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November 3, 2008
PROVIDENCE – The Supreme Court will decide whether the U.S. secretary of the interior can hold tribal land in trust under the 1934 Indian Reorganization Act, when the tribe was not recognized by the federal government until after 1934.
This specific case involves the Narragansett Indian Tribe of Rhode Island, who purchased 31 acres in Charlestown in 1991 to be used be used for "economic development" and housing for the elderly and poor. While construction began on an elderly housing complex, the state sued to stop the tribe from placing the land into federal trust which would exclude it from most state and local laws. State officials feared the tribe would eventually build a casino or create a tax-free zone.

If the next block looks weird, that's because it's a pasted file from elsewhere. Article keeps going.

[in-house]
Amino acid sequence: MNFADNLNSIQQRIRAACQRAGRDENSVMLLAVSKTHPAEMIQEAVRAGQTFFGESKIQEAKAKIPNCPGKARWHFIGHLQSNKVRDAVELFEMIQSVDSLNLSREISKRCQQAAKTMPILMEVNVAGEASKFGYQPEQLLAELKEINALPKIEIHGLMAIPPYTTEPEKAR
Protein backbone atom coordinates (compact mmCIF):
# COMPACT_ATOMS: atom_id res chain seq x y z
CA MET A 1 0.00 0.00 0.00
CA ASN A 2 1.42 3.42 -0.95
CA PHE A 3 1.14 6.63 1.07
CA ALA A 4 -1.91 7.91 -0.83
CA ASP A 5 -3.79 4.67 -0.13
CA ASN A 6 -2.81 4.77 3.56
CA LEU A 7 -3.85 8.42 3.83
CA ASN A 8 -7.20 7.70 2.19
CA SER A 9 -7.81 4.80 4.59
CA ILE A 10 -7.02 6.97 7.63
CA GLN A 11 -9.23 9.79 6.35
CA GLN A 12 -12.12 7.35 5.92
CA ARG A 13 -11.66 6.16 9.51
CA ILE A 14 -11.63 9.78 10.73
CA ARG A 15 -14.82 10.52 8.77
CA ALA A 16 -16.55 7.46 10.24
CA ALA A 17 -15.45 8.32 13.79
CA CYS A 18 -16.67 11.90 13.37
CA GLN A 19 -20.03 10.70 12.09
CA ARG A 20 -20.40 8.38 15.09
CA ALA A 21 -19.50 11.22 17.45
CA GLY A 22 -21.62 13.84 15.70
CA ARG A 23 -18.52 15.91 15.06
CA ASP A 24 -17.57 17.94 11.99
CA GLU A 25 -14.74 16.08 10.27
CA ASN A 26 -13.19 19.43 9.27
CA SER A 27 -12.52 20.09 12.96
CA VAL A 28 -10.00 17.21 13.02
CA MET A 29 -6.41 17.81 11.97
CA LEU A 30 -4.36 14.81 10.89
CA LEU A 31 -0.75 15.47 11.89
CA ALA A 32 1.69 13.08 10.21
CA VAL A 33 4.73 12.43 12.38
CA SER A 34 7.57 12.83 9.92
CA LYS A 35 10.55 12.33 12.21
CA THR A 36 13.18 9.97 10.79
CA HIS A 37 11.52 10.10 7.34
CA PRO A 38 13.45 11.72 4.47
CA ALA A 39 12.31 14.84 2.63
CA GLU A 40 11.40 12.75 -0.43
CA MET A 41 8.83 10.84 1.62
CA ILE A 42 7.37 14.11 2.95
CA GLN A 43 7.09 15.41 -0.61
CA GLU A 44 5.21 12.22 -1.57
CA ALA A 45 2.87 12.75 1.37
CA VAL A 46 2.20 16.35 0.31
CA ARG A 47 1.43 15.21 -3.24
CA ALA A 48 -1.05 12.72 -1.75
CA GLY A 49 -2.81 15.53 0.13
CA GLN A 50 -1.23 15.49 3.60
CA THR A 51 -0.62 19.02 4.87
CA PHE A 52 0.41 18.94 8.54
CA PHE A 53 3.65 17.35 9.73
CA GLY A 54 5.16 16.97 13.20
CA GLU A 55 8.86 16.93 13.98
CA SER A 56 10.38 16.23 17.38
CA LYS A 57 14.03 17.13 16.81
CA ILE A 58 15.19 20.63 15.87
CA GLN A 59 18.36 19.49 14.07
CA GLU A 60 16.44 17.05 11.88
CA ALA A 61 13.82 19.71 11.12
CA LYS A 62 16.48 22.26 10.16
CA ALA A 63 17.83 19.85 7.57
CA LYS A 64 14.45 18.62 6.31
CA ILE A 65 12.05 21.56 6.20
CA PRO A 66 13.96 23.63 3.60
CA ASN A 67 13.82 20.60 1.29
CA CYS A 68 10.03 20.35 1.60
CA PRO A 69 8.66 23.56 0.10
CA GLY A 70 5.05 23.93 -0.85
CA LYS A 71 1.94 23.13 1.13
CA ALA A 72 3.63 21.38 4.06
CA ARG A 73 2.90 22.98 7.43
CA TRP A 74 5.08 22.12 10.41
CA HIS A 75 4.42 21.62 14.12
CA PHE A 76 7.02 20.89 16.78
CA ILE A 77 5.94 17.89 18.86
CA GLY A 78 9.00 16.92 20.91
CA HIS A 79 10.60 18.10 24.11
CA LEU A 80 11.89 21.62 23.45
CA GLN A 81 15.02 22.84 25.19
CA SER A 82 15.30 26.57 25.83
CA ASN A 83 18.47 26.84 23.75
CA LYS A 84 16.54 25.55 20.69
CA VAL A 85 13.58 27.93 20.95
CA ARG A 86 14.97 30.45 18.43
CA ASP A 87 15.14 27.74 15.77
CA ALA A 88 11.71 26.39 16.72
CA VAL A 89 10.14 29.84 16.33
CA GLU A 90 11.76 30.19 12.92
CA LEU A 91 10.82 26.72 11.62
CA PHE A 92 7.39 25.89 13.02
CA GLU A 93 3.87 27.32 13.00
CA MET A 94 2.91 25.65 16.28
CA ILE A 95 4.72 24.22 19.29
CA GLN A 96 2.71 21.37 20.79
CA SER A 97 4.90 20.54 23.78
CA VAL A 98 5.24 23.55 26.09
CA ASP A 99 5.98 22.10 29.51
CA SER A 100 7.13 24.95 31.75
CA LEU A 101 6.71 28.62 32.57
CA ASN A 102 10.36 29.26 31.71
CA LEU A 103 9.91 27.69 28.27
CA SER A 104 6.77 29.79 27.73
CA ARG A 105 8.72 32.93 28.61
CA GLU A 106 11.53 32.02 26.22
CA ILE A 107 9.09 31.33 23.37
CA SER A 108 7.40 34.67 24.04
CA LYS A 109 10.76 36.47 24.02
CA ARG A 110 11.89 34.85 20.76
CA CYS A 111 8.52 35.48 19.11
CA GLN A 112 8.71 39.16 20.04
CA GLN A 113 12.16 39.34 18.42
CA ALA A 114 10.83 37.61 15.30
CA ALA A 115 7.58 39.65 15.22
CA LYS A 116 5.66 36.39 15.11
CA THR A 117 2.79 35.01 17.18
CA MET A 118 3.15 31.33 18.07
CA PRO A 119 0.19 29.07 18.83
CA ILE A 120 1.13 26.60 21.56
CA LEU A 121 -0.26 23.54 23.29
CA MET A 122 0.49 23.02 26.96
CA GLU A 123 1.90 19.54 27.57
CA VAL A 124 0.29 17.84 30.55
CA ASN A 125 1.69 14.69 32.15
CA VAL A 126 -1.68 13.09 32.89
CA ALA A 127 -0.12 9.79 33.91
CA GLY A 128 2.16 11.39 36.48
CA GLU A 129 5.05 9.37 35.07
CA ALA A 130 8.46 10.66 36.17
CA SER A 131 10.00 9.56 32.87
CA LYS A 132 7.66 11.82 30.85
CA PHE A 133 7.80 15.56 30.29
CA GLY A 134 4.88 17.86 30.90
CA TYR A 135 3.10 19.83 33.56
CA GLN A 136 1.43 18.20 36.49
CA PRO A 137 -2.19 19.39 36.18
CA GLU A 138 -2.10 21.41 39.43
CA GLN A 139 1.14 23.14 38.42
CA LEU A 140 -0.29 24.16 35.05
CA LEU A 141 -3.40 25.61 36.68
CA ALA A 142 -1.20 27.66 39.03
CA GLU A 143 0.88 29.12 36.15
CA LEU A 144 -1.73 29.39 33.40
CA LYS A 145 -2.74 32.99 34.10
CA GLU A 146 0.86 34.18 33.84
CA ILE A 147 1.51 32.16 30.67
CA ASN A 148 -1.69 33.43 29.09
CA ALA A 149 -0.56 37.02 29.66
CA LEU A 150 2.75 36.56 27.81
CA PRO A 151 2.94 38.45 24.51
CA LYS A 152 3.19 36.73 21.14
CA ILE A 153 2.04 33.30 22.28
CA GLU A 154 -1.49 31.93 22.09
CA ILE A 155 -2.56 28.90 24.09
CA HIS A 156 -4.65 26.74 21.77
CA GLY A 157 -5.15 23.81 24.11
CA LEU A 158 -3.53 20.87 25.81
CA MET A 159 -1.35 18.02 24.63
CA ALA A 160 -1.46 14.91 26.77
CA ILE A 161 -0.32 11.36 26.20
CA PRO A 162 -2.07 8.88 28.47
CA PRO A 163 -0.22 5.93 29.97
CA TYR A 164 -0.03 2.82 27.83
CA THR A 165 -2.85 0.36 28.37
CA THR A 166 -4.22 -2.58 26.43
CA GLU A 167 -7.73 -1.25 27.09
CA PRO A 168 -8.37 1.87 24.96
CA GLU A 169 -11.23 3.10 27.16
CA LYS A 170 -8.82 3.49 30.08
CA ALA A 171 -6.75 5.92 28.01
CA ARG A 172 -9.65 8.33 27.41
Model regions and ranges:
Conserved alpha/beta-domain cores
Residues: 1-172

Today the case reached the U.S. Supreme Court. Several hundred other tribes that were recognized after 1934 will be affected by the outcome of this case. The Bush administration agrees with the tribe and argues the 1934 act allows it to take land into trust to benefit American Indians regardless of when their tribes were recognized. Twenty one states side with Rhode Island and want the Supreme Court to limit that authority arguing that states lose control over tribal trust land within their own borders.
The court will also decide whether a 1978 land settlement between the Narragansett and Rhode Island puts limits on new trust lands in the state.
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